Update, September 2017: My page has breached 150,000 likes, but the momentum has fallen off. I think the Facebook page suggestions increase when you have good momentum due to sharing everyday to high engagement. I think there are thresholds along the way, and if your momentum doesn’t reach the standards set, page suggestions work less for you.
Update, November 2017: I wrote a new post about how boosting Facebook posts might not be such a good idea.
I won’t leave you guessing until the end of this article. Here’s how the Things in Squares Facebook page went from around 5k likes to nearly 40k in a month:
Once the page hit 10,000 likes, organic Facebook Page Suggestions brought in a massive surge of new followers
Naturally, if your comic’s Facebook page is well below 10,000 likes, you want to know how the hell to reach that threshold in the first place. Here are some quick suggestions to that regard:
- Publish content daily (TIS has been going on for over two years, but I’d been doing 2 comics per week, hence the slow growth)
- Share to Imgur and Reddit at pre-peek hours to capitalize on user volume
- Request and complete guest comics for other artists
- When you share a comic to your Facebook page, share the image directly rather than as an attached link
The Facebook algorithm seems to kick in with organic Page Suggestions after ten thousand likes
10,000 is a nice, rounded number. Just as you’re rewarded at 100 likes with access to Facebook Insights, I imagine there are tiers of rewards even beyond the 50k mark. I’ve noticed that once some Facebook pages breach 100,000 likes, there seems to be another round of organic Page Suggestions.
Sometimes I feel like a mouse in Facebook’s massive data experiments. A small tweak of their algorithm and a page like mine could get a million new likes in no time. Of course that will never happen, so I’ll enjoy this Facebook Page Suggestion thing while it lasts.
What is Page Suggestions?
Page suggestions are those Facebook pages that the platform delivers to your home feed. Here’s a screenshot of where you’ll find these:
Suggestions are pushed toward you based on yours and your friends’ activity. There’s a little like button right there so users don’t have to navigate to the page. I’ll talk about this later.
You can also pay a daily sum to have Facebook deliver your page as a Page Suggestion. You can define the variables of delivery. I’ve never done this because the nature of a comic page is that it’ll grow organically if you produce good content. But if you have the money to invest, you’ll get new followers this way.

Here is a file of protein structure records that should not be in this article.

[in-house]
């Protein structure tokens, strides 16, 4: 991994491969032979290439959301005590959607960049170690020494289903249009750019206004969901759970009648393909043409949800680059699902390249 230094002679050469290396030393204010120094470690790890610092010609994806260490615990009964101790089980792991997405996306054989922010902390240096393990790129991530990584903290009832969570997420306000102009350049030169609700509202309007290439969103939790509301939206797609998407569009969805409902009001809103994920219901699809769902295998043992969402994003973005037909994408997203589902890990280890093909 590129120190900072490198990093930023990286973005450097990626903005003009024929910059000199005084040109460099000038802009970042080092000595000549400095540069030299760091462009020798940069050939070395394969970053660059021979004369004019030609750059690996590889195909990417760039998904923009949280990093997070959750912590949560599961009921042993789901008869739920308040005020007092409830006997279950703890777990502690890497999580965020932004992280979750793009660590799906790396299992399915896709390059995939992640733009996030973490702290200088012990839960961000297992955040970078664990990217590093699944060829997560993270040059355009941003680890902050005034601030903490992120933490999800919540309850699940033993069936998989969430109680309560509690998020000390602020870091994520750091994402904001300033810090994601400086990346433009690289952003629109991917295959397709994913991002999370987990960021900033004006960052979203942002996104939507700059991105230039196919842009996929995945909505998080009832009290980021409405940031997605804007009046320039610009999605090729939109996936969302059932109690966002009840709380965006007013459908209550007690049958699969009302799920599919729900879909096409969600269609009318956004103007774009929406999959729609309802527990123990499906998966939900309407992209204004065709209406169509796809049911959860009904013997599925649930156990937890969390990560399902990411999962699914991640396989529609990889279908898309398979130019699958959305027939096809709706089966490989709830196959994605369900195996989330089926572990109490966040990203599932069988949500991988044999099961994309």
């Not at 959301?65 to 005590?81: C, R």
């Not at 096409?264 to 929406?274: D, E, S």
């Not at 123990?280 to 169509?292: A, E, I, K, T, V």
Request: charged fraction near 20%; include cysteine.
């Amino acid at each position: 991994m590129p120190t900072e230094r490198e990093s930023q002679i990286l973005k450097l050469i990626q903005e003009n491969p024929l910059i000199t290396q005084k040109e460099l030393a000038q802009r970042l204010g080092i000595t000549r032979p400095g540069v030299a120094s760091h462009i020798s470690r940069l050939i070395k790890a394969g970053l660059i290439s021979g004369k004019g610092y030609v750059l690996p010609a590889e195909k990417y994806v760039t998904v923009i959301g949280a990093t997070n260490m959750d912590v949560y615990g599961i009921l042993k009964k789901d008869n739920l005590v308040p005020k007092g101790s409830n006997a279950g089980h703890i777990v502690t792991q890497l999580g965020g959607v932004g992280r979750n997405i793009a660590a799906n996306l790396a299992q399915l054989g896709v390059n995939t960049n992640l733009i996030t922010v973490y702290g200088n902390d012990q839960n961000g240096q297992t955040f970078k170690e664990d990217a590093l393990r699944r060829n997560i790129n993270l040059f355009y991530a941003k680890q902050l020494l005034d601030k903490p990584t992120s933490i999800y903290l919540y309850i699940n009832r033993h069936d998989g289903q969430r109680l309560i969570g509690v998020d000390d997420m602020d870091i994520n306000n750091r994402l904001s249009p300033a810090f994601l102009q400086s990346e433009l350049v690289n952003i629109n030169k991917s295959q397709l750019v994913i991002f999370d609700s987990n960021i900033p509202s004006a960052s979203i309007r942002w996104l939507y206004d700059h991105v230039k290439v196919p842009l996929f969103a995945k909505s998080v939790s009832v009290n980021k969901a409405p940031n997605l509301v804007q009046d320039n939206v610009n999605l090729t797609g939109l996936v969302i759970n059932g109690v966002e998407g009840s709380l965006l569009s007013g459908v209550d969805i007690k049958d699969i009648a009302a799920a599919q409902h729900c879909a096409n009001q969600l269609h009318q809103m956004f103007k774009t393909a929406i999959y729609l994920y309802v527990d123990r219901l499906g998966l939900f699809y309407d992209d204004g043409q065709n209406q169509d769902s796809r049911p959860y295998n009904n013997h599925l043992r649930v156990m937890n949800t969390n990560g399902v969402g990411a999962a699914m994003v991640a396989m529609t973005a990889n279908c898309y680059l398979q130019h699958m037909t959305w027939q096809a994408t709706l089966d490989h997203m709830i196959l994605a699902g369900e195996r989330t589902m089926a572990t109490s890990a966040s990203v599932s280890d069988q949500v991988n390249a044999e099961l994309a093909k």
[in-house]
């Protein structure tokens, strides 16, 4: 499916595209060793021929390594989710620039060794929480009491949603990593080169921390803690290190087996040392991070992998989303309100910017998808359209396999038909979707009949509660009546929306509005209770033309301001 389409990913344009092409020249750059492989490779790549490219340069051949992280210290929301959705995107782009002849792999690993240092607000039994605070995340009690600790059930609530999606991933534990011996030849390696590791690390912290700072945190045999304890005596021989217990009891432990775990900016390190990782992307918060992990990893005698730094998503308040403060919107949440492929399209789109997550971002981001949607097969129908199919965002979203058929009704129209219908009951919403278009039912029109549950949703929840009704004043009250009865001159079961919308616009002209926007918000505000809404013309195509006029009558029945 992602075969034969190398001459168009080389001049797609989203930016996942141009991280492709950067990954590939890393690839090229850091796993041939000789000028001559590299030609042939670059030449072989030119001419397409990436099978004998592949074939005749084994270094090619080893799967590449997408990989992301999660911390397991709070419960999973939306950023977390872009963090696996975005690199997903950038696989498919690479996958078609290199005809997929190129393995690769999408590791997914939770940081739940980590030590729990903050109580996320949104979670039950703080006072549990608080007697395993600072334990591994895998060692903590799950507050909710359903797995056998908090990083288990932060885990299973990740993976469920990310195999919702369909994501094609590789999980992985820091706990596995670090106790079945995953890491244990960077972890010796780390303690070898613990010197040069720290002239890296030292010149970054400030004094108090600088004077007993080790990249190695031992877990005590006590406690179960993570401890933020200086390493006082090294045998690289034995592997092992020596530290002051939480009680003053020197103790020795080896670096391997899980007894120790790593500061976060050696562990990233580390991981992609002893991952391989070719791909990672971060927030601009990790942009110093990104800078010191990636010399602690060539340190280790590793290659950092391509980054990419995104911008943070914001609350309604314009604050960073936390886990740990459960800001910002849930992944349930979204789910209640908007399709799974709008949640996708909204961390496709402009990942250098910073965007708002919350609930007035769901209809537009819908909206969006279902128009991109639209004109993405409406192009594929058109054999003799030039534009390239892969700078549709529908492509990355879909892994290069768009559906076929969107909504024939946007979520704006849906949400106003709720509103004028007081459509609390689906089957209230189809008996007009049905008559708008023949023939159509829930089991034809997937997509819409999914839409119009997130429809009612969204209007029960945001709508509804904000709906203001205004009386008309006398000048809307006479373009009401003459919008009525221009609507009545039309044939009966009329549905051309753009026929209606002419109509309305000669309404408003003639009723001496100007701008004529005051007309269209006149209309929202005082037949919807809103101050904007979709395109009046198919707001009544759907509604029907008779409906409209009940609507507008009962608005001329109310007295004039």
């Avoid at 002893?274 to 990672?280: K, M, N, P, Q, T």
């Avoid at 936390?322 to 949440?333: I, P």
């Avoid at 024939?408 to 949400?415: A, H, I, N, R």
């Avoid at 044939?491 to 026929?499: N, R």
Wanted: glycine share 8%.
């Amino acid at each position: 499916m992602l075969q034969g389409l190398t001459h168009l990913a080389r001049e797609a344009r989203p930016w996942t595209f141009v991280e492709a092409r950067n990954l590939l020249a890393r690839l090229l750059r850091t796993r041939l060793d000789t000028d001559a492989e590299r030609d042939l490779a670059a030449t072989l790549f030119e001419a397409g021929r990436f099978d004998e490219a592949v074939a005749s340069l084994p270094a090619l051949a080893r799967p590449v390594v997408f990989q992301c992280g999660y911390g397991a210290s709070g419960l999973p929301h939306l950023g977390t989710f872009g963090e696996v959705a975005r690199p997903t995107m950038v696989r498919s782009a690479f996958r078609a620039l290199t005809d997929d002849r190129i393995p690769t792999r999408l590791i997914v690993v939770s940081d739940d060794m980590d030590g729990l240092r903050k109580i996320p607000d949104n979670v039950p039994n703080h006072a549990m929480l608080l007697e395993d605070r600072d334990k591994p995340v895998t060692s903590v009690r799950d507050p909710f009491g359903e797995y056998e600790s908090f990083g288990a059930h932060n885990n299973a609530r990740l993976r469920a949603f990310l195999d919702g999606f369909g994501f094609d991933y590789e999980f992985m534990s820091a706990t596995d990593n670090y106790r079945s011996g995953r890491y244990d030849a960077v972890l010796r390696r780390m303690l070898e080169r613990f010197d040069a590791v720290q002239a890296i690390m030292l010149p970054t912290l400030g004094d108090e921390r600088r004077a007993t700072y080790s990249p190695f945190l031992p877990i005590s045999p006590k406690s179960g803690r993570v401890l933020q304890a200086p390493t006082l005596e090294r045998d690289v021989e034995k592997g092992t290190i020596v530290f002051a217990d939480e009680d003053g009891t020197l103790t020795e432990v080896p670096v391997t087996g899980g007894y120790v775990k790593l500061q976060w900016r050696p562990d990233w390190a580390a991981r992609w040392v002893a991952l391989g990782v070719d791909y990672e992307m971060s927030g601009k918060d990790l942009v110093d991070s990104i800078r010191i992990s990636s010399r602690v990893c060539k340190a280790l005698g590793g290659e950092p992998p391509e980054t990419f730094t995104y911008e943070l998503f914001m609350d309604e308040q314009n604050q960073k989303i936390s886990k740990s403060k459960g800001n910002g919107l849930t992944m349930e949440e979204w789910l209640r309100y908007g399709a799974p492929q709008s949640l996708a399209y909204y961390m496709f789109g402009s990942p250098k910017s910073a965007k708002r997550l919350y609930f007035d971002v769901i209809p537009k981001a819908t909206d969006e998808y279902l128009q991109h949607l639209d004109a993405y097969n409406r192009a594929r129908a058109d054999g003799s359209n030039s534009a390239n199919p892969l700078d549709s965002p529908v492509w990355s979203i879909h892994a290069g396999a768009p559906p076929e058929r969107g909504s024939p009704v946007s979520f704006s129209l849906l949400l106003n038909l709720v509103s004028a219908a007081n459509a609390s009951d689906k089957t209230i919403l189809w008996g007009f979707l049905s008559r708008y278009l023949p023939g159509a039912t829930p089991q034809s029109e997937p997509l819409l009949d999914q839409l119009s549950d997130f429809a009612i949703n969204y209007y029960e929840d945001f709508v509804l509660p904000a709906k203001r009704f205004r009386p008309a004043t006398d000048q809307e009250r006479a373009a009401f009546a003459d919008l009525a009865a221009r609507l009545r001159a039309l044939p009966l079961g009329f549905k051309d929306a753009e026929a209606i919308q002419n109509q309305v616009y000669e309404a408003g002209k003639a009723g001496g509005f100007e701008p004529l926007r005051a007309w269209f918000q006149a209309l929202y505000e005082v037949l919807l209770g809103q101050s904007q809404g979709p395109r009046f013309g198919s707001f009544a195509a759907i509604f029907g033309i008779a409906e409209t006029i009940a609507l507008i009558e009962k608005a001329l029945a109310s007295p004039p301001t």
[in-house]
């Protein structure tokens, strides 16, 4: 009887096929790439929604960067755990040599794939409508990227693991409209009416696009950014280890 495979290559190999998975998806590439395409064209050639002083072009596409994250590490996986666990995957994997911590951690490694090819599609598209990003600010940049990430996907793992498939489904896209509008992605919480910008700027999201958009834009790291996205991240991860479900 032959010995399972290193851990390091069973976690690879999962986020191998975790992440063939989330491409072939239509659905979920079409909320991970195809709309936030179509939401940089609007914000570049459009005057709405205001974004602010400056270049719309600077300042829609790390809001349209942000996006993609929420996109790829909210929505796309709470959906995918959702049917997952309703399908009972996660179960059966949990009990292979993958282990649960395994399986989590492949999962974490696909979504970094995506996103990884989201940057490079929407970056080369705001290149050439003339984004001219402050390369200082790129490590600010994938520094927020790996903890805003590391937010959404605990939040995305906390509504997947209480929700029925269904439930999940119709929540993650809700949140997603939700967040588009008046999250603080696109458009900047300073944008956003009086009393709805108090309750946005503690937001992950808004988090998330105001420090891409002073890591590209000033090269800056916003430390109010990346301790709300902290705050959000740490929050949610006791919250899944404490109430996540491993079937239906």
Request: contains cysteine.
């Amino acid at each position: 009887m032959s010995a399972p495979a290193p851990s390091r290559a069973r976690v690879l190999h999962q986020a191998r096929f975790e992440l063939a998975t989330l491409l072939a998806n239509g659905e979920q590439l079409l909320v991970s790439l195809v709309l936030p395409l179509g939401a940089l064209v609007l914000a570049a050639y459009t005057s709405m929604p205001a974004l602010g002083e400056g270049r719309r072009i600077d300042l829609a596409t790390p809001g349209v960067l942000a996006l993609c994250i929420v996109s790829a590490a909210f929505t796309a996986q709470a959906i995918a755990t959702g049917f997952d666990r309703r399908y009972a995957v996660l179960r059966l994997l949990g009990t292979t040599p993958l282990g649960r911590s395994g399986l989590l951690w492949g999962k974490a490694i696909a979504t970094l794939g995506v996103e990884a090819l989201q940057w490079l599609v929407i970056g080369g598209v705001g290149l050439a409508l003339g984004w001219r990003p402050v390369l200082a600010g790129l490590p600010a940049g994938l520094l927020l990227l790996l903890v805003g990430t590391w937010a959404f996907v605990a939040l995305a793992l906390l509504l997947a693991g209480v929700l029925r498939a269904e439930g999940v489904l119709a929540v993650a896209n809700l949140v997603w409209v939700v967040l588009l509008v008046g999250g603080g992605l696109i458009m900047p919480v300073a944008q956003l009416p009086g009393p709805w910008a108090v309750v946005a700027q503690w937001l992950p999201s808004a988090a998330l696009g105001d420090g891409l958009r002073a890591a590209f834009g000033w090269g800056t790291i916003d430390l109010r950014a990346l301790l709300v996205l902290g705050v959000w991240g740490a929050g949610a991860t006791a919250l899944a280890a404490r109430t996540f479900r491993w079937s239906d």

If you opt to let Facebook deliver your page organically, then make sure you check the option in settings for “Similar Page Suggestions” to activate Page Suggestions:
The slow cascade from tons of likes to lots of likes
Something happens after this feature starts to work for you. Whether it’s based on time or activity I’m not sure. What I do know is that Page Suggestions peak, sending a lot of new likes your way, and then they start to taper off. Here’s a graphic from my Facebook Insights to give you an idea:
(A quick side note–there are a lot of more “unlikes”–the red bulbs beneath the graph. These come in proportion with the new followers, but I believe there are also more likes because many of the new ones “like” on a whim, and later start receiving my comics only to realize TIS is not for them.)
The graph above represents net new likes on individual days. From the graph, you can see that the new likes peaked, and is slowly decreasing. Where there were larger drops during the peak represents weekends when I did not post a new comic. I think the best way to truly take advantage of organic Facebook Page Suggestions is to publish daily comics from 10,000 on, even if that means just a small sketch.
Here’s another graph that shows where exactly these new likes come from:
I think the image speaks for itself. Both purple and dark blue represent the effects of organic page suggestions. Blue indicates the user clicked ‘like’ on the page suggestion pane where they saw my comic page. Purple means the user clicked ‘like’ directly on my Facebook page, and might mean that they first navigated to my page from the suggestion pane.
If you have a webcomic and want to grow a Facebook following, there is really only one rule: produce good, shareable content. I don’t follow the latter, but I try my best at the former. If you want to speed up the process, draw and publish comics every day (not to the detriment of quality, of course). Here’s another good article that looks at the stuff this post deals with.
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